The amount of cleaning and rinsing fluid applied to a carpet tile 56, the squeezing action of outfeed means 24, and the vacuum action of vacuum means 28 are interdependent upon one another and, acting together, allow for a carpet tile 56 to be cleaned and substantially dry when it exits machine 10. Consequently, upon exiting machine 10, carpet tiles 56 are ready to be reapplied to a floor surface. Thus, the present invention provides that the carpet tiles may be removed from the floor surface, cleaned, substantially dried, and reapplied to the floor surface in only a minimal amount of time. The size and configuration of machine 10 allows for it to be installed in a variety of locations and in a variety of environments.

When cleaning a carpet tile which is of narrower width than vacuum slot 130, vacuuming action of fluid from the carpet tile by vacuum slot 130 is reduced as air is pulled in around the edges of the narrower carpet tile. For this reason, an auxiliary outlet 210 is provided in vacuum fluid conduit 198 for allowing vacuum to be pulled selectively therefrom using an auxiliary vacuuming unit (not shown), instead of through vacuum slot 130 upon the actuation of handle 212. Handle 212 is attached to a lever 214 which is pivotally connected to the machine 10. Opposite to handle 212 of lever 214, a linkage rod member 216 is pivotally connected thereto. Linkage rod member 216 includes at the opposite end thereof a slide valve plate 218 which may be selectively introduced into vacuumed fluid conduit 198 for allowing the vacuum to be pulled either from vacuum slot 130 or outlet 210.

The auxiliary vacuuming unit for vacuuming an undersized carpet tile is not shown, but is a hand held device having a hose connectable to outlet 210 which is attached to a vacuum head similar to a conventional vacuum cleaner head. When the auxiliary vacuuming unit is not in use, it can be inserted in a storage shelf 220 provided in unloading station 16.

A reversing switch 222 is provided for allowing the rotation of drive means 136 to be reversed such that should a carpet tile become jammed within machine 10, the drive means 136 can be reversed for reversing scrubbing means 18, infeed means 20, and outfeed means 24 to allow the carpet tile to be backed out.

A control panel 224 is provided on the front 44 of the machine 10 and includes metering means 178, pump control switches for controlling pumps 184, 190, and vacuum control switches for controlling the vacuum operation of machine 10. A power shut-off switch 230 is provided for deactivating the machine entirely. Also provided, but not shown, is an interlock switch which is contactable with top cover 40 when top cover 40 covers machine 10. The interlock switch shuts down the operation of machine 10 upon the opening of top cover 40.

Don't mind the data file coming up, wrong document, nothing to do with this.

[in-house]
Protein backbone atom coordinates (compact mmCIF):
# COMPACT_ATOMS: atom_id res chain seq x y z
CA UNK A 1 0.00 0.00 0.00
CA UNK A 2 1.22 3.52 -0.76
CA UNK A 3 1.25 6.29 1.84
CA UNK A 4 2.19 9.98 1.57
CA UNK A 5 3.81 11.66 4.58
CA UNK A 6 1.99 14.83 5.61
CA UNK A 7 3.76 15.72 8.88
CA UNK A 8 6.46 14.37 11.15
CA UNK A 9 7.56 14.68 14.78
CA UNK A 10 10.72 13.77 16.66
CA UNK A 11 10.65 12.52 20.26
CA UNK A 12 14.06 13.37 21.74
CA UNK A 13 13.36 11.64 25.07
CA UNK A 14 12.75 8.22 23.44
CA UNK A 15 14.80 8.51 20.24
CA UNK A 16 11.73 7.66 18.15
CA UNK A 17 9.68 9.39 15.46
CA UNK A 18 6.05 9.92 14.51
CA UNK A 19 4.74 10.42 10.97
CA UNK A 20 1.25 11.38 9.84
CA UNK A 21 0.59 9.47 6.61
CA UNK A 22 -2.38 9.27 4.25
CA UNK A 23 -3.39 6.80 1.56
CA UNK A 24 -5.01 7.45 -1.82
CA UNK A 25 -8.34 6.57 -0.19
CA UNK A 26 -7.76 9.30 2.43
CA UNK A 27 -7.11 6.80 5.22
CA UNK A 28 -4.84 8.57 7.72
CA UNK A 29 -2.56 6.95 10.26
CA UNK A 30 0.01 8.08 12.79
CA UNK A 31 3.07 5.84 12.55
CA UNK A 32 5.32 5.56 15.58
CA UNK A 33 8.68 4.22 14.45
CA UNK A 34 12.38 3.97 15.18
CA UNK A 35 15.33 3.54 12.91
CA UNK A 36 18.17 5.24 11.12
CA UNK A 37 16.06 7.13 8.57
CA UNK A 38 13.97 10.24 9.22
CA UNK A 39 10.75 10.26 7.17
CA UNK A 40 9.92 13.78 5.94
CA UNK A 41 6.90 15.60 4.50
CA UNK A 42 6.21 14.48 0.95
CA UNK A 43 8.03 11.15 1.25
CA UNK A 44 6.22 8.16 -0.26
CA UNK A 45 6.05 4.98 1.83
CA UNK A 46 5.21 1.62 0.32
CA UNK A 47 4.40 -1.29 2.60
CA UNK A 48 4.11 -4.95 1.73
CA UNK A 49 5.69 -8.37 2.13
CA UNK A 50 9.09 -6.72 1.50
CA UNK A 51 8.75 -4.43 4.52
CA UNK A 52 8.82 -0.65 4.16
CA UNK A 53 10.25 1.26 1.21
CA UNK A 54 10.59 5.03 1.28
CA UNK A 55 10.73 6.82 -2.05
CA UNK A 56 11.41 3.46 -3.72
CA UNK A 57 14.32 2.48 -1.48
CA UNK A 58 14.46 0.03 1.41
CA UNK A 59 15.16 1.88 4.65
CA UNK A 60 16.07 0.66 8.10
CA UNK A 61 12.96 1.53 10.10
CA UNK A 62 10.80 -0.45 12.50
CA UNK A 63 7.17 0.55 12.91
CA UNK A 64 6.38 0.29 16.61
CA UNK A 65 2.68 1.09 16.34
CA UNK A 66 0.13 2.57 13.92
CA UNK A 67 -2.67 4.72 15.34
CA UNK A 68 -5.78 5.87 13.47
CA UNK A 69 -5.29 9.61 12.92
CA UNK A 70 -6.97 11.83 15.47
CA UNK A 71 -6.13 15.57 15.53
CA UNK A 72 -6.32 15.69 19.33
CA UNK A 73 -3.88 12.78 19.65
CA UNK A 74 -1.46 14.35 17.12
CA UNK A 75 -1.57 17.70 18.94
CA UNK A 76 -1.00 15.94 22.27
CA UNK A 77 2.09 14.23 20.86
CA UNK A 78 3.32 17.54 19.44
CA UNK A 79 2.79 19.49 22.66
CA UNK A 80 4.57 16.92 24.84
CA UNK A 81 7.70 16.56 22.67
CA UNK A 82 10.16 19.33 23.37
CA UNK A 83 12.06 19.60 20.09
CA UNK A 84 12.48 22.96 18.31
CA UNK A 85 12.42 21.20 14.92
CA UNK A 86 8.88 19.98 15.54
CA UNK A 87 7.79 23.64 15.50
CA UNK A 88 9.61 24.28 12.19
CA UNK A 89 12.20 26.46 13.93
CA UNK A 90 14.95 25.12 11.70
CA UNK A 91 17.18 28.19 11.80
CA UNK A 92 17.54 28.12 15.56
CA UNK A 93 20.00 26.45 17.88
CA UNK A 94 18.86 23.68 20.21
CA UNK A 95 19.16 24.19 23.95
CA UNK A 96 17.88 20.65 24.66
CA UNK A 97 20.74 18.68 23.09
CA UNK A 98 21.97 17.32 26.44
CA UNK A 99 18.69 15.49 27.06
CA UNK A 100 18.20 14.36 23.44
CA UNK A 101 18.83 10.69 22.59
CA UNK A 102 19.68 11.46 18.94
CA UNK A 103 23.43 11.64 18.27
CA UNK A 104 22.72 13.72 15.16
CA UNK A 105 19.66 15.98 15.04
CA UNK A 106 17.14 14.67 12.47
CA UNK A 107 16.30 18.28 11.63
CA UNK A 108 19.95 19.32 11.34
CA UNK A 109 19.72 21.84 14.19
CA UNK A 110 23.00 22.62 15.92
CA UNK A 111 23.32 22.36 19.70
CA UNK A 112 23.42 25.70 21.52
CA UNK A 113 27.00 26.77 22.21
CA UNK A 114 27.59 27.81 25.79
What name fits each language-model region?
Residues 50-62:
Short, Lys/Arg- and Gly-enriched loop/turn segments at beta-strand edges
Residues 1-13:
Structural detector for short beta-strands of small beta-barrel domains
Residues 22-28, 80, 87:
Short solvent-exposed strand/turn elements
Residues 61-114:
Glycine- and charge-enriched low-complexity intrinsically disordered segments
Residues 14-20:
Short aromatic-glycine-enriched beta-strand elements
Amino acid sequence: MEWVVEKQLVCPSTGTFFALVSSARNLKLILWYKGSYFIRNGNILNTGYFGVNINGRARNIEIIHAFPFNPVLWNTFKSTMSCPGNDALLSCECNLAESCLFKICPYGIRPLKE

In operation, a carpet tile 56 is placed with pile side 82 down on loading station 14 and advanced manually until received in the nipping zone formed by rollers 62, 64. Rollers 62, 64 propel the carpet tile over wetting means 22 which subject the pile side of the carpet tile to a cleaning fluid spray via nozzles 88. The carpet tile is then propelled by rollers 62, 64 over scrubbing roller 76 which physically scrubs the pile side 82 of the carpet tile. After passing over scrubbing roller 76, the pile side is rinsed with a rinsing fluid spray emitted from nozzles 104. The carpet tile is then received in the nipping zone of rollers 108, 110, which serve to both propel the carpet tile from the carpet cleaning compartment 84 and also to squeeze excess fluid therefrom. Upon exiting rollers 108, 110, the carpet tile passes over vacuum slot 130 which further removes fluid remaining in the carpet tile such that the carpet tile is relatively moisture free after passing over vacuum slot 130. The carpet tile is then delivered finally to the unloading station 16 where it is then manually removed therefrom.

Should a carpet tile be narrower in width than the vacuum slot 130, the handle 212 can be actuated for allowing the auxiliary vacuuming unit to be connected to auxiliary vacuum outlet 210. Then, the carpet tile can be manually vacuumed with the auxiliary vacuuming unit.

It is to be understood that various couplings, fittings, connections, controls, etc., which are within the purview of one of ordinary skill in the art, can be used in the construction of carpet tile cleaning machine 10.

From the foregoing, it can be seen that the present invention provides a carpet tile cleaning machine for automatically cleaning, rinsing, and vacuuming carpet tiles in a manner which meets the objectives set forth above.

While one preferred embodiment of the invention has been described using specific terms, such description is for present illustrative purposes only, and it is to be understood that changes and variations to such embodiment, including but not limited to the substitution of equivalent features or parts, and the reversal of various features thereof, may be practiced by those of ordinary skill in the art without departing from the spirit or scope of the following claims.

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Classifications
U.S. Classification15/302, 8/151, 15/77, 15/309.2, 15/309, 68/158, 28/159, 15/308
International ClassificationD06G1/00
Cooperative ClassificationD06G1/00
European ClassificationD06G1/00
Legal Events
DateCodeEventDescription
Dec 7, 1992ASAssignment
Owner name: THORO-MATIC VACUUM SYSTEMS, INC., ILLINOIS
Free format text: ASSIGNMENT OF ASSIGNORS INTEREST.;ASSIGNOR:WATSON, CLAUDE F.;REEL/FRAME:006441/0775
Effective date: 19921201
Jul 12, 1993ASAssignment
Owner name: CLEANWAY INDUSTRIES, INC., NEW YORK
Free format text: ASSIGNMENT OF ASSIGNORS INTEREST;ASSIGNOR:THORO-MATIC VACUUM SYSTEMS, INC.;REEL/FRAME:006642/0511
Effective date: 19930617
Jan 10, 1994REMIMaintenance fee reminder mailed
May 22, 1994LAPSLapse for failure to pay maintenance fees
Aug 2, 1994FPExpired due to failure to pay maintenance fee
Effective date: 19940522